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Mafucci's Syndrome

Summary

Mafucci syndrome is a rare disease where multiple enchondromas are associated with multiple hemangiomas.

This is a congenital, nonhereditary disease that is apparent from early childhood. Lesions may appear isolated at first and then become more widespread.
The disease may be localized or widespread. Most patients present with pain.
Multiple enchondromas in adjacent bones with phleboliths in the soft tissues, indicating the presence of hemangiomas.
Complete Information on this Tumor
Introduction and Definition: 

Mafucci syndrome is a rare disease where multiple enchondromas are associated with multiple hemangiomas.

Incidence and Demographics: 
This is a congenital, nonhereditary disease that is apparent from early childhood. Lesions may appear isolated at first and then become more widespread.
Symptoms and Presentation: 

The disease may be localized or widespread. Most patients present with pain. Other tumors may occur. The number of patients who develop sarcomas varies according to the reports. Patients with extensive lesions have a higher risk. About 15% develop chondrosarcoma, and one-third have other sarcomas, including vascular and fibrous sarcomas. The rate of chondrosarcoma is lower than see in Ollier disease. Other benign and malignant tumors may occur, including pituitary adenoma, glioma, uterine fibroids and polyps, mesenchymal ovarian tumors, adrenal cortical adenoma, fibrosarcoma, and carcinoma of the pancreas.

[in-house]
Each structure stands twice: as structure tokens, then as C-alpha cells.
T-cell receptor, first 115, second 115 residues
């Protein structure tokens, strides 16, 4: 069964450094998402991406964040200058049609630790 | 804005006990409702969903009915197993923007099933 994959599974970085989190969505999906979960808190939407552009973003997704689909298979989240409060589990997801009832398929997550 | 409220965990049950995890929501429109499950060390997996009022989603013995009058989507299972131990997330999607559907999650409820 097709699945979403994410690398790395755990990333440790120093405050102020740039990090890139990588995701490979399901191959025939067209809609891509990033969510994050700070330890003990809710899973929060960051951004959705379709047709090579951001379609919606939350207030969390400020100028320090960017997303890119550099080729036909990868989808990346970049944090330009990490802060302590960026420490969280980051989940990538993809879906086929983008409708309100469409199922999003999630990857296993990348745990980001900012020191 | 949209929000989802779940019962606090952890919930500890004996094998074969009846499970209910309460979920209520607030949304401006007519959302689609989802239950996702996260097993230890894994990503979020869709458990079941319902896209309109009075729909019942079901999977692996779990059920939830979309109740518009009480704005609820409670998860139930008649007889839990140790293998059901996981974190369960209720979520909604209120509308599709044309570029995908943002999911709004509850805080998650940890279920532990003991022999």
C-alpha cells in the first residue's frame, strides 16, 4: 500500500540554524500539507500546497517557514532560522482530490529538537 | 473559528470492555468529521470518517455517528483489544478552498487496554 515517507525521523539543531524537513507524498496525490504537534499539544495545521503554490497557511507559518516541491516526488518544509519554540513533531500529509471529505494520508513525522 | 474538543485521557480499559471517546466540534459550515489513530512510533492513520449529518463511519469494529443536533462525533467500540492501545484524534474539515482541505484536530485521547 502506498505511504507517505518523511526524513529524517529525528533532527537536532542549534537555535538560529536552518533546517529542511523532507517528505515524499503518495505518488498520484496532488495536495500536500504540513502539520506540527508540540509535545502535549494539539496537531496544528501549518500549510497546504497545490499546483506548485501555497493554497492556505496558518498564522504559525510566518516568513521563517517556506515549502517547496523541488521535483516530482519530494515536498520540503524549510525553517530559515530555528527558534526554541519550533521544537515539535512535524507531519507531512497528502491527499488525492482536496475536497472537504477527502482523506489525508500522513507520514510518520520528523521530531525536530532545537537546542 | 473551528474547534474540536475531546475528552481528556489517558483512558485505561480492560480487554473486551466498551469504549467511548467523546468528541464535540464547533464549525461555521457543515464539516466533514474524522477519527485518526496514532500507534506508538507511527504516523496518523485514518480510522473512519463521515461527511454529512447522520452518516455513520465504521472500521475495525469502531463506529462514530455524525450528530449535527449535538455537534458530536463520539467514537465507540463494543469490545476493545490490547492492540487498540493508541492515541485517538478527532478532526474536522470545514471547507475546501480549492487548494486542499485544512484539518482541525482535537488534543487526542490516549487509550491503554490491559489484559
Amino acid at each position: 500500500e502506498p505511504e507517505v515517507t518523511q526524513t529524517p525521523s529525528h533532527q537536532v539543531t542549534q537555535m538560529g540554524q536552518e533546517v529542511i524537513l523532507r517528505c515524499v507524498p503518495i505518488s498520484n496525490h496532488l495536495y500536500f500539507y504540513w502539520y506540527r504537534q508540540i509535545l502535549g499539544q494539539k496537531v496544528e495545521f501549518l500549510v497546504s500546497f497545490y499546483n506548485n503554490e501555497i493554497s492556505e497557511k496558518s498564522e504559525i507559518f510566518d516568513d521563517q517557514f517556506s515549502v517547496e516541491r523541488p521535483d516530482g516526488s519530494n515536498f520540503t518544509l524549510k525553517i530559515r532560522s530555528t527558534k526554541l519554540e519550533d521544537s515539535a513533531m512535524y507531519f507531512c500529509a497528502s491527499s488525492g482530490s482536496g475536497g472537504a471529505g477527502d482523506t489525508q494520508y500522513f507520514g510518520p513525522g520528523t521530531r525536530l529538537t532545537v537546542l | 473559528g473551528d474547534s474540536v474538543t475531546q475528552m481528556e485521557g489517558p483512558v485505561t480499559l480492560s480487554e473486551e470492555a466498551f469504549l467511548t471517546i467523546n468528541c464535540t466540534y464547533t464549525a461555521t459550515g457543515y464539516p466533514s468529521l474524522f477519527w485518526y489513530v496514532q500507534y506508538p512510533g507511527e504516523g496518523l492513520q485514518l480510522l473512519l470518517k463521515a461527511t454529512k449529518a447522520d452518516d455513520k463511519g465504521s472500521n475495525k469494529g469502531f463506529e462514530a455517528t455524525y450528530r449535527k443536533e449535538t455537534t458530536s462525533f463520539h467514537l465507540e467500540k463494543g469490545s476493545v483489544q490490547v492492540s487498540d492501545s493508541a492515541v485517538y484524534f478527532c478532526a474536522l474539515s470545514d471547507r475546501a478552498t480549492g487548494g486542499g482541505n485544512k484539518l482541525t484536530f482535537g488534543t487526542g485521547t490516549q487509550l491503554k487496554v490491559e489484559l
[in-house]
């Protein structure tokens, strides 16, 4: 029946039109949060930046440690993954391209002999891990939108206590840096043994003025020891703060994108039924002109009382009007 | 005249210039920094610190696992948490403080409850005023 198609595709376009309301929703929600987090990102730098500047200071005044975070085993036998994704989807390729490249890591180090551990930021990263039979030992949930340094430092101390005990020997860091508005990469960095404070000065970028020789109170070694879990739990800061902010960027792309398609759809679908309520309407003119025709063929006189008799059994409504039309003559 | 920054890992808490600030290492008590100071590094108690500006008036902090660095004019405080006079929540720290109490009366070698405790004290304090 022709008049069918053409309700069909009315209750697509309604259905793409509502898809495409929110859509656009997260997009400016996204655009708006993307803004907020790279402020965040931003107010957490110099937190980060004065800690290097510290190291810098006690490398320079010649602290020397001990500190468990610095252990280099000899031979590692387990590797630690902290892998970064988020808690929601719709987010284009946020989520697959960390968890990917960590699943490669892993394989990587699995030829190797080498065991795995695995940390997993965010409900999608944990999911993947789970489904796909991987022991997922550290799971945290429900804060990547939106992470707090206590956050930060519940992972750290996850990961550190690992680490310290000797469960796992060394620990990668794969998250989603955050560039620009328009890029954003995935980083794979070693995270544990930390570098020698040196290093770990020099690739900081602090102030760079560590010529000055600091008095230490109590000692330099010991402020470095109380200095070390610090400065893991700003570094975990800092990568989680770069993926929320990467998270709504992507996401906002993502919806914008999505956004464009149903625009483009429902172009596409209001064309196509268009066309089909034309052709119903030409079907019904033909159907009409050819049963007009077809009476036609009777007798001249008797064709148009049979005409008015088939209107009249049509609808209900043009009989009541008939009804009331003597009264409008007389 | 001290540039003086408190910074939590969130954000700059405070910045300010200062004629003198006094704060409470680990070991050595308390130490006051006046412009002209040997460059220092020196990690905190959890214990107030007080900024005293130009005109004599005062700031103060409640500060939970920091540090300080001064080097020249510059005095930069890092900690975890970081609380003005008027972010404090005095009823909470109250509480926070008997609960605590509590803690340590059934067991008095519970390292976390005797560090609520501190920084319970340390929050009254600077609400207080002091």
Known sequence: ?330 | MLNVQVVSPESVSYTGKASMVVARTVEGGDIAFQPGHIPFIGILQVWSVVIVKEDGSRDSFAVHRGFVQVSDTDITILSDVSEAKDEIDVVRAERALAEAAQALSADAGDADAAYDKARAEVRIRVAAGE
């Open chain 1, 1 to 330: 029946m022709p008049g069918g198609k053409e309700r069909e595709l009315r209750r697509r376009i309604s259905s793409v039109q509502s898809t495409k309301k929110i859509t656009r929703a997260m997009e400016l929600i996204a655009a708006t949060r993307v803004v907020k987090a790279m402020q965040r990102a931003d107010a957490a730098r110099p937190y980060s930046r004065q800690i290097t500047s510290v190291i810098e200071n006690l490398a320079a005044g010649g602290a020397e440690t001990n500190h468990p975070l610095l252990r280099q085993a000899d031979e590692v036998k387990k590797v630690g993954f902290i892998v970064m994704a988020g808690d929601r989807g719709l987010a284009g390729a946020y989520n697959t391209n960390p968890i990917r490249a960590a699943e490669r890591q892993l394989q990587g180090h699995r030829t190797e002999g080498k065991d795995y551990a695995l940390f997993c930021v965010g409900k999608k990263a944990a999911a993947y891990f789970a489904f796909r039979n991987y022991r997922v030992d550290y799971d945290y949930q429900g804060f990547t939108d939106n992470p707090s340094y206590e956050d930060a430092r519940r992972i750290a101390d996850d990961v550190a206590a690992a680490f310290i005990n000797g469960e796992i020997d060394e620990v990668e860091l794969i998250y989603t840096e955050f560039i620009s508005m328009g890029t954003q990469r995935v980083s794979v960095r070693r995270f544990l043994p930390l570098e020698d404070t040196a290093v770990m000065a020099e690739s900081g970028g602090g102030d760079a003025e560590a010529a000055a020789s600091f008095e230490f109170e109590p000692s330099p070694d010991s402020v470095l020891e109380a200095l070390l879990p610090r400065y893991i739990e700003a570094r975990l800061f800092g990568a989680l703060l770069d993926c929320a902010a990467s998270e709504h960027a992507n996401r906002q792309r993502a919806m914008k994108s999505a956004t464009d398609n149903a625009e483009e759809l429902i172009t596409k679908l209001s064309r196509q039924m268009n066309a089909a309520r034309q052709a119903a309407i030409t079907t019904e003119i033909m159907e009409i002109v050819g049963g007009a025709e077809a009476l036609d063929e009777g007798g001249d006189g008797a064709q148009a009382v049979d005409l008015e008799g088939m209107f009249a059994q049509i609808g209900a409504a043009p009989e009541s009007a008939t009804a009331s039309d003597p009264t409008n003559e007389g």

X-Ray Appearance and Advanced Imaging Findings: 
Multiple enchondromas in adjacent bones with phleboliths in the soft tissues, indicating the presence of hemangiomas. The affected soft tissues are enlarged and swollen due to the multiple hemangiomas. The hemangiomas may undergo sarcomatous degeneration. The involved bones are deformed, shortened, and the metaphyseal areas are widened by the tumors. Longitudianl lines appear in the metaphyseal areas of long bones that are called "sled runner tracks". When the enchondromas become sarcomatous, they tumors begin to exhibit more aggressive behavior, breaking out of the bone and forming extraosseaous tumor masses, as shown in the images.
Differential Diagnosis: 
Ollier's Disease (multiple enchondromas), multiple epiphyseal dysplasia,
Histopathology findings: 
See Ollier's disease (ollier's syndrome). The cartilage lesions are very cellular, and may have large number of binucleated or atypical chondrocytes. The cellular atypia is far greater than see in enchondroma. Differentiation from sarcoma is difficult. Risk of sarcoma is high, from 25 to 100%. Chondrosarcoma and angiosarcoma are the principal risks.
Treatment Options for this Tumor: 
Symptomatic lesions are excised. Sarcomas are treated in accordance with general treatment principles for the sarcoma.
Outcomes of Treatment and Prognosis: 
The number of patients who develop sarcomas varies according to the reports. Patients with extensive lesions have a higher risk. About 15% develop chondrosarcoma, and one-third have other sarcomas, including vascular and fibrous sarcomas. The rate of chondrosarcoma is lower than see in Ollier disease. Other benign and malignant tumors may occur, including pituitary adenoma, glioma, uterine fibroids and polyps, mesenchymal ovarian tumors, adrenal cortical adenoma, fibrosarcoma, and carcinoma of the pancreas.